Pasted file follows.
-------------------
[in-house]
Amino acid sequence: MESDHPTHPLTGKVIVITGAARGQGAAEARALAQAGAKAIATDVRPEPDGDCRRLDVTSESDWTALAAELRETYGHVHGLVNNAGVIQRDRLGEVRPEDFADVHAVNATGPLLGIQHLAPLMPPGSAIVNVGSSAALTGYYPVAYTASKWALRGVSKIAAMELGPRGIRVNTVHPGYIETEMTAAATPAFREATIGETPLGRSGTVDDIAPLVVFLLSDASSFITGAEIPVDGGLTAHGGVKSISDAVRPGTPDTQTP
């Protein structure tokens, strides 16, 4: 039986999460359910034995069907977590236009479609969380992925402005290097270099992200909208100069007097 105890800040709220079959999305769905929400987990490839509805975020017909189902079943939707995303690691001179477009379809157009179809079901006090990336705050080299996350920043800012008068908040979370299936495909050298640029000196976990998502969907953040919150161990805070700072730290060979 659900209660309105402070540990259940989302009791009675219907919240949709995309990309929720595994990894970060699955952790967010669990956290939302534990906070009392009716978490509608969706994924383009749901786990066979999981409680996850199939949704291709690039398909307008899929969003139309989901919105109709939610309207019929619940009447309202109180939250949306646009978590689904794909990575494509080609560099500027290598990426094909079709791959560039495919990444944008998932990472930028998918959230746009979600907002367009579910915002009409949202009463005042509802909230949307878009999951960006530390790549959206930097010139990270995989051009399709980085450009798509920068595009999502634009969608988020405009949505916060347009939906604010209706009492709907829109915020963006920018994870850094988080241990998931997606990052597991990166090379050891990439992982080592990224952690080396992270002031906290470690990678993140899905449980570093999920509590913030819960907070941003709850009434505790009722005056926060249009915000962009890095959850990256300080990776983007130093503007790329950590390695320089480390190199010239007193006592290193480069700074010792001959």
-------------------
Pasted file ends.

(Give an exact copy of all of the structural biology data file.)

[in-house]
Amino acid sequence: MESDHPTHPLTGKVIVITGAARGQGAAEARALAQAGAKAIATDVRPEPDGDCRRLDVTSESDWTALAAELRETYGHVHGLVNNAGVIQRDRLGEVRPEDFADVHAVNATGPLLGIQHLAPLMPPGSAIVNVGSSAALTGYYPVAYTASKWALRGVSKIAAMELGPRGIRVNTVHPGYIETEMTAAATPAFREATIGETPLGRSGTVDDIAPLVVFLLSDASSFITGAEIPVDGGLTAHGGVKSISDAVRPGTPDTQTP
């Protein structure tokens, strides 16, 4: 039986999460359910034995069907977590236009479609969380992925402005290097270099992200909208100069007097 105890800040709220079959999305769905929400987990490839509805975020017909189902079943939707995303690691001179477009379809157009179809079901006090990336705050080299996350920043800012008068908040979370299936495909050298640029000196976990998502969907953040919150161990805070700072730290060979 659900209660309105402070540990259940989302009791009675219907919240949709995309990309929720595994990894970060699955952790967010669990956290939302534990906070009392009716978490509608969706994924383009749901786990066979999981409680996850199939949704291709690039398909307008899929969003139309989901919105109709939610309207019929619940009447309202109180939250949306646009978590689904794909990575494509080609560099500027290598990426094909079709791959560039495919990444944008998932990472930028998918959230746009979600907002367009579910915002009409949202009463005042509802909230949307878009999951960006530390790549959206930097010139990270995989051009399709980085450009798509920068595009999502634009969608988020405009949505916060347009939906604010209706009492709907829109915020963006920018994870850094988080241990998931997606990052597991990166090379050891990439992982080592990224952690080396992270002031906290470690990678993140899905449980570093999920509590913030819960907070941003709850009434505790009722005056926060249009915000962009890095959850990256300080990776983007130093503007790329950590390695320089480390190199010239007193006592290193480069700074010792001959």